For the most part, the Psalms we encounter in Jewish prayer are psalms of praise, exclamations of joy, exhortations to sing and
make music, to thank God for the wonders of creation, for God’s splendor and for the victories God has performed for Israel
(with an occasional jab at the Psalmist’s or Israel’s enemies). The most common expressions we encounter throughout the
Psalms which are used in our Siddur (prayer book) are Halleluyah! (Let us praise God) and ki l’olam chasdo (for His mercy endures
forever). But the “religious” life is not one of continual joy, untainted by shadows or suffering. I believe that the Psalms have
endured as a kind of “prayer book” before anyone started writing down prayer books-at least as popular among Christians as
among Jews-because they reflect a full spectrum of human emotions.
We need not be afraid to express our pain, our fear, even our complaints and doubts before God-for if God knows us at all, then
surely God knows this side of us, and of our lives. We have nothing to lose by setting aside our pride and pleading with God-
This is an honest voice, hiding neither the speaker’s vulnerability nor his/her frustration with God. Some people might think
that the answer to the problem of suffering is that there really is no God and therefore we should just stop wishing for a “savior”
that does not show up. But then what happens to us in our suffering, in our longing? Do we give up, adopt a pessimistic outlook
on life, become stoics, consign our souls to spiritual loneliness?
We turn to parents, spouses, lovers, friends, community…and these are all good, healthy places to turn. But even the closest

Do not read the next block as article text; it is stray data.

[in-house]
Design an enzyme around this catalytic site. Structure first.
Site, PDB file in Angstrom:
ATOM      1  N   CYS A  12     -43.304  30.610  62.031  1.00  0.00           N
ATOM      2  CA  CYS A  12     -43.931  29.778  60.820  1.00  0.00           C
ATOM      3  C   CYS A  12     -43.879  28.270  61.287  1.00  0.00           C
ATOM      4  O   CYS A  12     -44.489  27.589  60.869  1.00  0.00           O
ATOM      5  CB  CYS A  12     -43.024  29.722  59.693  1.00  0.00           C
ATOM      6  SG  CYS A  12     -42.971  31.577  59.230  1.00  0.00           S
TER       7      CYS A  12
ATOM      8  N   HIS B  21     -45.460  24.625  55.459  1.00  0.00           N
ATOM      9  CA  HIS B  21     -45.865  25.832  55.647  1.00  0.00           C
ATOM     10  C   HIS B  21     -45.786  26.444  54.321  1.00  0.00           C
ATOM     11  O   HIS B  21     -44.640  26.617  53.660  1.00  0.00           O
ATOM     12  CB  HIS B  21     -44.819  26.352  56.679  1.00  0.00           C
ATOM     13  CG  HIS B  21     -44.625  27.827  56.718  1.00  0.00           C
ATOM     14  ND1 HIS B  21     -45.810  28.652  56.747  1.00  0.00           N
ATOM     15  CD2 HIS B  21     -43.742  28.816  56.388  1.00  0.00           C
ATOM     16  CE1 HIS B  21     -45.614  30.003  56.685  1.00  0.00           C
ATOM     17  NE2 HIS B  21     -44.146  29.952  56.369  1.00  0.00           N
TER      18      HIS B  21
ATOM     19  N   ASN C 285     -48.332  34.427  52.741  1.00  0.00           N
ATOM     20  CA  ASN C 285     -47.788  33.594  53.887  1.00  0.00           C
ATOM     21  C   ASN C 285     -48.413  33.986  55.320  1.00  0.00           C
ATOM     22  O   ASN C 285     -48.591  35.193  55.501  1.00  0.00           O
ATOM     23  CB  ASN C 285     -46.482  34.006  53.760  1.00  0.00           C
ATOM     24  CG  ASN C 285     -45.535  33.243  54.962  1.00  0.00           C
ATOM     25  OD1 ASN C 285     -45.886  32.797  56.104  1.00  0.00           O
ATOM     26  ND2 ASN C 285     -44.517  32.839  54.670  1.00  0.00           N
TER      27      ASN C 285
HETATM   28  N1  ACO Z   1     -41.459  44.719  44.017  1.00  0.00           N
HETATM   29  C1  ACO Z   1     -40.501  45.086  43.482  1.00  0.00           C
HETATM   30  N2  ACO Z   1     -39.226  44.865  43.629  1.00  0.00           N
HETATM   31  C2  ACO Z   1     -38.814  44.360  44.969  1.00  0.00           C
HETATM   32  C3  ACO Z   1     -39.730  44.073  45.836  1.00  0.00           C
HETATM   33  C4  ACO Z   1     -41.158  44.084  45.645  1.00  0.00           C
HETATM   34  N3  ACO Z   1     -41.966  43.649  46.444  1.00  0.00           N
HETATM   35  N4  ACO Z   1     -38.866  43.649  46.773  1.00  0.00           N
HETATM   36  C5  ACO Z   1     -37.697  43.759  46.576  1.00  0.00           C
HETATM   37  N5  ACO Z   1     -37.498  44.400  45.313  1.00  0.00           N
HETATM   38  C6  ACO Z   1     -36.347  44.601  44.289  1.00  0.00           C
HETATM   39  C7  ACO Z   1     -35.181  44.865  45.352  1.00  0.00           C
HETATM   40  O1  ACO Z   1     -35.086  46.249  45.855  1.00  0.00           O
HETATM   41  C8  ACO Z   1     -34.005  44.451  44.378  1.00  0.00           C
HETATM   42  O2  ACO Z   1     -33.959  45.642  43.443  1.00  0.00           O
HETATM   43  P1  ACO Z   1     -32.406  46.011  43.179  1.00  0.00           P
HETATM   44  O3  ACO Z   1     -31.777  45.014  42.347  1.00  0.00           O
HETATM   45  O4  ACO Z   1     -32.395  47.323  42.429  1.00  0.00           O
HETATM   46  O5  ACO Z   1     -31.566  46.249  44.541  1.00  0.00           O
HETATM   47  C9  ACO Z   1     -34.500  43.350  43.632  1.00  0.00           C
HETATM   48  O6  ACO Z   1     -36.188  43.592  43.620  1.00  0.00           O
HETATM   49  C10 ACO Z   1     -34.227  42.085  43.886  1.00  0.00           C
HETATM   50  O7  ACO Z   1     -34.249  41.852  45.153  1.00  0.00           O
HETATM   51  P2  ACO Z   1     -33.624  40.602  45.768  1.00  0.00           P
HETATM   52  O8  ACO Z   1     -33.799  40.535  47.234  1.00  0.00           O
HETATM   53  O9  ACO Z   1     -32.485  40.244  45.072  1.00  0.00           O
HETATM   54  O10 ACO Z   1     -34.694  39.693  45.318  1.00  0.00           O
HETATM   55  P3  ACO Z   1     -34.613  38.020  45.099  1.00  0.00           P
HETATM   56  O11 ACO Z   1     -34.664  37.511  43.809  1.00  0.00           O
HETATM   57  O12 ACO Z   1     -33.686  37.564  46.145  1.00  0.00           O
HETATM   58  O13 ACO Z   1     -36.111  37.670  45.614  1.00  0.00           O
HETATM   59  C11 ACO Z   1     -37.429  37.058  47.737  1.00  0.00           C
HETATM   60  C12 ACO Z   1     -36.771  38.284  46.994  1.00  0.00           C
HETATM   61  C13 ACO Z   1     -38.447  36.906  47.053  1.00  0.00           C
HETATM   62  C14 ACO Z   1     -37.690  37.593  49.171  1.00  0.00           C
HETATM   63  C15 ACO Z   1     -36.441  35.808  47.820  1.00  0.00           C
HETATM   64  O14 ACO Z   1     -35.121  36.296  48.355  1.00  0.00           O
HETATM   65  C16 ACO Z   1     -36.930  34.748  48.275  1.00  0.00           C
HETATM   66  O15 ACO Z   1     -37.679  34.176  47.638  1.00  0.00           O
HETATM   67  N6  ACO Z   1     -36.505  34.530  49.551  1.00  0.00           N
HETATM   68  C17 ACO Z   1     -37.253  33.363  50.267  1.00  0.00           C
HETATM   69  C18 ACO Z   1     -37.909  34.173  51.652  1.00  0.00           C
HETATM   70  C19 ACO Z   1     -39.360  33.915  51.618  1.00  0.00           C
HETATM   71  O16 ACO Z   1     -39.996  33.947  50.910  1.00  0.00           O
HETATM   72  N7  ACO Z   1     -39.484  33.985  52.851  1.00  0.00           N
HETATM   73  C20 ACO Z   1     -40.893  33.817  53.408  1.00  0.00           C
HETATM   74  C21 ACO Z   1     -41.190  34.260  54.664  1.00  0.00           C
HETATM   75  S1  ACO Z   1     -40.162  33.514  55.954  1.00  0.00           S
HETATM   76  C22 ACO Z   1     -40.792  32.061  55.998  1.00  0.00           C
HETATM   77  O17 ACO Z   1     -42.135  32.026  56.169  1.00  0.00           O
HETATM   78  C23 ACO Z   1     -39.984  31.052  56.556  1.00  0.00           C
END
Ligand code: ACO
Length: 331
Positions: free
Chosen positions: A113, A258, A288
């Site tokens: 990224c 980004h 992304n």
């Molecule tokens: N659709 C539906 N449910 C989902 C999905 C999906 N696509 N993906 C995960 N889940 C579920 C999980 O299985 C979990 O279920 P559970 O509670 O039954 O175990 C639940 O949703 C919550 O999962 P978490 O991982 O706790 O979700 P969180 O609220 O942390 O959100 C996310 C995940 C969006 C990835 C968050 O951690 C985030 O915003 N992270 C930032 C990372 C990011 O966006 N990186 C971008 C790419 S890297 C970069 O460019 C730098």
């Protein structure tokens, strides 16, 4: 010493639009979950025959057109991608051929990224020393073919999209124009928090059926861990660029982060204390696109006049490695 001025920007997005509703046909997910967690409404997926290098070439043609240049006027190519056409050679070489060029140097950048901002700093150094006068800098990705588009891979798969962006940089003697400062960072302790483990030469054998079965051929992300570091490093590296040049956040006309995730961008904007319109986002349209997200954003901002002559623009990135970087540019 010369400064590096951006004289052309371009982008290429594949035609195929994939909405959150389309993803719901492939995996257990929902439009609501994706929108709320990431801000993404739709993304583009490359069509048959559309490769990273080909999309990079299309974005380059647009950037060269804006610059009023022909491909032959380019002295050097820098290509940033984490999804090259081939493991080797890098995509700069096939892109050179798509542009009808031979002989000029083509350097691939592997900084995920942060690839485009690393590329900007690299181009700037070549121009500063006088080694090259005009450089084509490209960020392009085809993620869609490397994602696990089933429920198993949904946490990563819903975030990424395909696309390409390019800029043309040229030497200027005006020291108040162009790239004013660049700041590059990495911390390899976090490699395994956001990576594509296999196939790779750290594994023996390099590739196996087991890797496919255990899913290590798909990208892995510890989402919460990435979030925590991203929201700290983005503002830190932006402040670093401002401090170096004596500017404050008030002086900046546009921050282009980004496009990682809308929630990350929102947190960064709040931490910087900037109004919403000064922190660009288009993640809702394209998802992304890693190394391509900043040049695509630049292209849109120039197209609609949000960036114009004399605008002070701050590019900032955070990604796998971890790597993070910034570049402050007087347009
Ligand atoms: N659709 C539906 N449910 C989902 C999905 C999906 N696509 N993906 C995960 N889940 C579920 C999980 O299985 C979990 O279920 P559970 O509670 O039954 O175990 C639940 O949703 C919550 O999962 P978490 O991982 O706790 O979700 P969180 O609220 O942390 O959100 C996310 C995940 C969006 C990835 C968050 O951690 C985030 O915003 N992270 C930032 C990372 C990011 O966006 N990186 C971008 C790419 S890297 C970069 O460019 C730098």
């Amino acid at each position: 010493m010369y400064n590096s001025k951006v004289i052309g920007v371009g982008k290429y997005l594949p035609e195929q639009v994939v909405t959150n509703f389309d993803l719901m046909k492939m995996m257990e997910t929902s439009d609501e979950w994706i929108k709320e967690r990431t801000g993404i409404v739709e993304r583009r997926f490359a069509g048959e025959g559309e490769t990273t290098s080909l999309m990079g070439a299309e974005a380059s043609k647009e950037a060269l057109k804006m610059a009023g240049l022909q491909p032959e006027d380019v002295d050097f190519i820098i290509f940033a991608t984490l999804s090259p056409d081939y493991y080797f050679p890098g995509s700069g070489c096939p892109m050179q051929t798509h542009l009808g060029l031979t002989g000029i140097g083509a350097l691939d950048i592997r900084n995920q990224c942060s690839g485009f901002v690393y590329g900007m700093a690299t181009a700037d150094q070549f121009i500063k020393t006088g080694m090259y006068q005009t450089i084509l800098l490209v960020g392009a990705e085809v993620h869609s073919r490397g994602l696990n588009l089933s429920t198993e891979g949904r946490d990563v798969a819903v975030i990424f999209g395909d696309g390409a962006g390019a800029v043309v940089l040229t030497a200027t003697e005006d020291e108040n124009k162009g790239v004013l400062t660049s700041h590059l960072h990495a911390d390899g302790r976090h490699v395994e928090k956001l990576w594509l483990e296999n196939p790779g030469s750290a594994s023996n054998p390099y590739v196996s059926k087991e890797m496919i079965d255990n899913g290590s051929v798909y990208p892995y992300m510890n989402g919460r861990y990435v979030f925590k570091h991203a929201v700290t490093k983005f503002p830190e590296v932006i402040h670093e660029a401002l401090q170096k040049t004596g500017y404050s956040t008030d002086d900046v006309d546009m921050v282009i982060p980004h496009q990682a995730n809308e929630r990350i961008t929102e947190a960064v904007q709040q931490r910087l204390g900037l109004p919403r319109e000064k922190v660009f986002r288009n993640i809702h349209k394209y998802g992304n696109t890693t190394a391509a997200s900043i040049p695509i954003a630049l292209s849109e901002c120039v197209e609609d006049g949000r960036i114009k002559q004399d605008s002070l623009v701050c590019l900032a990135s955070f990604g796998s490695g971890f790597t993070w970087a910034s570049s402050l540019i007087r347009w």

friend or lover cannot know the depths of our nefesh…without the companionship of God, we will always experience a primal
loneliness (which helps understand the song we sing on Friday night, Yedid Nefesh, addressed to God as “Friend of my soul.”)
Just as a friend cannot solve all our problems, pay our bills, bring back our loved ones when we are in mourning, so it may seem
at times that God does not answer when we call, does not heal our sickness, relieve our suffering, or lift us out of the straits we
are in. Sometimes all a friend can do is listen. It takes faith to believe at these times that God is “listening” to us. What if we
don’t have this faith?
The tune I have “borrowed” as a setting for this psalm dates possibly back to the 12th century. It is a dirge-tune sung on the Ninth
of Av, Eli Tzion v’areha, the refrain of which reads:
Wail, Zion and its cities,/ as a woman in labor pains,/ and like a maiden that dons sackcloth to mourn for the husband of her
Just as a woman in labor cries out involuntarily-not because her cries will necessarily bring a doctor running, but because the
body needs to cry out-so our soul, I believe, needs to cry out, whether or not we believe that there is a God who will “come
running.” And the crying, like a laboring woman’s deep breathing, just might help deliver our soul. Of course it is my hope that
somewhere in that process you will experience God’s presence, but I dare not make such glib promises…all I can do is suggest
that you take the Psalmist’s example and be unashamed to cry out.
Zimrat haAretz (“Songs of the Earth”)
Cantor Shoshana Brown
Reflection on Psalm 6:3-5, 9-10
Choneini Adonai, ki umlal ani; r’faeini Adonai ki nivhalu atzamai!
V’ nafshi nivhala m’od. V’atah Adonai, ad matai?
(Be gracious to me Adonai for I languish; heal me, Adonai, for my very bones quake;
I am frightened to death-and You, Adonai-how long?)
…Turn Adonai, and rescue my soul, deliver me for Your mercy’s sake.
…O hear the voice of my weeping, hear my plea, Adonai, accept my prayer.
Ki sh’ma Adonai kol bich’yi. (Sh’ma Adonai t’chinati; Adonai t’fillati yikach.)
God, be gracious to me-I feel like I’m dying! Heal me, for my very bones quake!
I am frightened to death…How long, o Lord, how long?